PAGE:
When the white marble Fifth Avenue Hotel was set to open in 1859, it was mocked as “Eno’s Folly,” after the developer who built it.
With the city’s hotel district farther south on Broadway, why would anyone pay to stay on the outskirts of the city’s center, as Fifth Avenue and 23rd Street was at the time?
But after its grand opening, the Fifth Avenue Hotel became the city’s premier luxury residence and made Madison Square the focal point of post–Civil War New York.
Among the amenities: rooms with private baths and fireplaces and the first “vertical railway”—aka, elevator—ever installed in a hotel.
Presidents and kings stayed there, attended to by a staff of 400. The city’s richest men, like Jim Fisk, Jay Gould, and Cornelius Vanderbilt, congregated in the drawing rooms. Local politicians held court.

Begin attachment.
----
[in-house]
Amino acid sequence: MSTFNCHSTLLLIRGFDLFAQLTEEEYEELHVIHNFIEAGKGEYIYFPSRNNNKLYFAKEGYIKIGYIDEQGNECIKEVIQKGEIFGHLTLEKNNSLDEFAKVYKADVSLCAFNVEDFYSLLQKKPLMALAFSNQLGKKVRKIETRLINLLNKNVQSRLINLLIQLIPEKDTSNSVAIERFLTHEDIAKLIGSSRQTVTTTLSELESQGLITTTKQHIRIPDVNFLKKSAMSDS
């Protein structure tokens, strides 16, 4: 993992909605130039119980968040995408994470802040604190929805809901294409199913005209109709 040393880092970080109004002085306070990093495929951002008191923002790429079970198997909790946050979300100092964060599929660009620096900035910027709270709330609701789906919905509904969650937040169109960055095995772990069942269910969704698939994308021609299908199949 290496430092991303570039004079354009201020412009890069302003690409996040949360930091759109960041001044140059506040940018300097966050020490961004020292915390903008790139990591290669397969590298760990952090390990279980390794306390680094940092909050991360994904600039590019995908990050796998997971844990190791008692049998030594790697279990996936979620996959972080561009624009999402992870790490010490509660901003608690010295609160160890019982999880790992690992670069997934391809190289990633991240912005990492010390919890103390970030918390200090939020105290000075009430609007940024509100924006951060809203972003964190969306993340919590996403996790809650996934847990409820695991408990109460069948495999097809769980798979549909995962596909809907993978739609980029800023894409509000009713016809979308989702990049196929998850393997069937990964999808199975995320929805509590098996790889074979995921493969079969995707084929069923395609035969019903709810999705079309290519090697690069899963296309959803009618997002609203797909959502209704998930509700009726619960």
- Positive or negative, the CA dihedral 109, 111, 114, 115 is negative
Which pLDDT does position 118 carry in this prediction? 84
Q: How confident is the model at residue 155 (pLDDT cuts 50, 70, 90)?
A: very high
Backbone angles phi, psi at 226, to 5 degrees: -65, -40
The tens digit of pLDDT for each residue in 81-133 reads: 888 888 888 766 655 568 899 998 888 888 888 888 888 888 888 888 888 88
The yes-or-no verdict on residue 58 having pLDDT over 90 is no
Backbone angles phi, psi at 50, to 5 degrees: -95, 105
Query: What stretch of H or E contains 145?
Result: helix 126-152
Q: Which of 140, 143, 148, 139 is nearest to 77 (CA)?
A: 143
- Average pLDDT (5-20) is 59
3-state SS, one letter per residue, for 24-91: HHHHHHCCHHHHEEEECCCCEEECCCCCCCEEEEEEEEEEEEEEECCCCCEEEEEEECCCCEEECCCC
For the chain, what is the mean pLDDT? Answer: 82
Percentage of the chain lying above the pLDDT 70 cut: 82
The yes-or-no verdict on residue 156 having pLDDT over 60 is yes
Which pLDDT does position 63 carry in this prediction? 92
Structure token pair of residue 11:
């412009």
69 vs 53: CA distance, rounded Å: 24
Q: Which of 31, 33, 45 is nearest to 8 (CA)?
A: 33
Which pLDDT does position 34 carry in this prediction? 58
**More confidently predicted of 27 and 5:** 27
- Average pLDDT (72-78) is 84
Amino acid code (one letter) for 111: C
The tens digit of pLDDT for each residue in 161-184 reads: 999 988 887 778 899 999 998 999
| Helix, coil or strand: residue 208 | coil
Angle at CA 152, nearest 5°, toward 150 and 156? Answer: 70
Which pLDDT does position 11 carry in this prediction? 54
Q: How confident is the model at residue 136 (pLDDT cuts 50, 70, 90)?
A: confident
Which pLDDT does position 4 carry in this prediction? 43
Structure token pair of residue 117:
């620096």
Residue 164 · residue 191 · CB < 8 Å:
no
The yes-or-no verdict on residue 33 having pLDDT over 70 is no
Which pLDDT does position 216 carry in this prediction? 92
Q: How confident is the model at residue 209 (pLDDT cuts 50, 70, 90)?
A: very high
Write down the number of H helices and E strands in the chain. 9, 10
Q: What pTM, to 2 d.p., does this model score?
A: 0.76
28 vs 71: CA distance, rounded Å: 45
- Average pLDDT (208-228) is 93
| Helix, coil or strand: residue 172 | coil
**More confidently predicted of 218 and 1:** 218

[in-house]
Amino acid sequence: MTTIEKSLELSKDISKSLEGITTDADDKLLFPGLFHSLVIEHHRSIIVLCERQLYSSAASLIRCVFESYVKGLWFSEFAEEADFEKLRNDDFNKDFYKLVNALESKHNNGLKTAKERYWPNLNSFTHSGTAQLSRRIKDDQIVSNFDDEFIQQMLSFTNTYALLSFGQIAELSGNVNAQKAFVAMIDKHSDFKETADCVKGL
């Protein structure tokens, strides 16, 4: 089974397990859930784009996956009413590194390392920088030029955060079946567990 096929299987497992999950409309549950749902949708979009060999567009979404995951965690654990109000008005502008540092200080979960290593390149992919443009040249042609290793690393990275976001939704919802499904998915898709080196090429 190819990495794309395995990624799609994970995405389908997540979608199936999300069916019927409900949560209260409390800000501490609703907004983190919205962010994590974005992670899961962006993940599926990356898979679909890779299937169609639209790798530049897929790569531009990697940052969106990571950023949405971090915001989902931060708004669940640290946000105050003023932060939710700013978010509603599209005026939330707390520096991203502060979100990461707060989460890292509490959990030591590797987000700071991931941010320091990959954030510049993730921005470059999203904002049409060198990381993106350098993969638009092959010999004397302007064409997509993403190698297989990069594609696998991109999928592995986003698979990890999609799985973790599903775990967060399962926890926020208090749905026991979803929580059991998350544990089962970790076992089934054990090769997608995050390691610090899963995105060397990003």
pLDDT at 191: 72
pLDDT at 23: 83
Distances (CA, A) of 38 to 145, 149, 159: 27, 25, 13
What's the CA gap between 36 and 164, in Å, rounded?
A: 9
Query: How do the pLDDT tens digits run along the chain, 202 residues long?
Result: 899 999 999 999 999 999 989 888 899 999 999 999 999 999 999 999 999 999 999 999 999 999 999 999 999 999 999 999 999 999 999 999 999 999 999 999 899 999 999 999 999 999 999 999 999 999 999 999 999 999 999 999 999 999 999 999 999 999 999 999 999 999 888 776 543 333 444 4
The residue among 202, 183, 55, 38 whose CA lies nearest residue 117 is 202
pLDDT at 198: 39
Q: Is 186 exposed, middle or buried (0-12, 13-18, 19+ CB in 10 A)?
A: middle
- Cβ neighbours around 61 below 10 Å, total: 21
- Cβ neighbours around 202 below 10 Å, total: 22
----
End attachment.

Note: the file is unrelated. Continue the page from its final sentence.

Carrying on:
In 1908 it was demolished; its demise serves as a bookend of the Gilded Age. Today the building occupying this spot houses the Italian dining emporium Eataly.
[Bottom image: the hotel’s reading room, a decidedly all-male place. NYPL]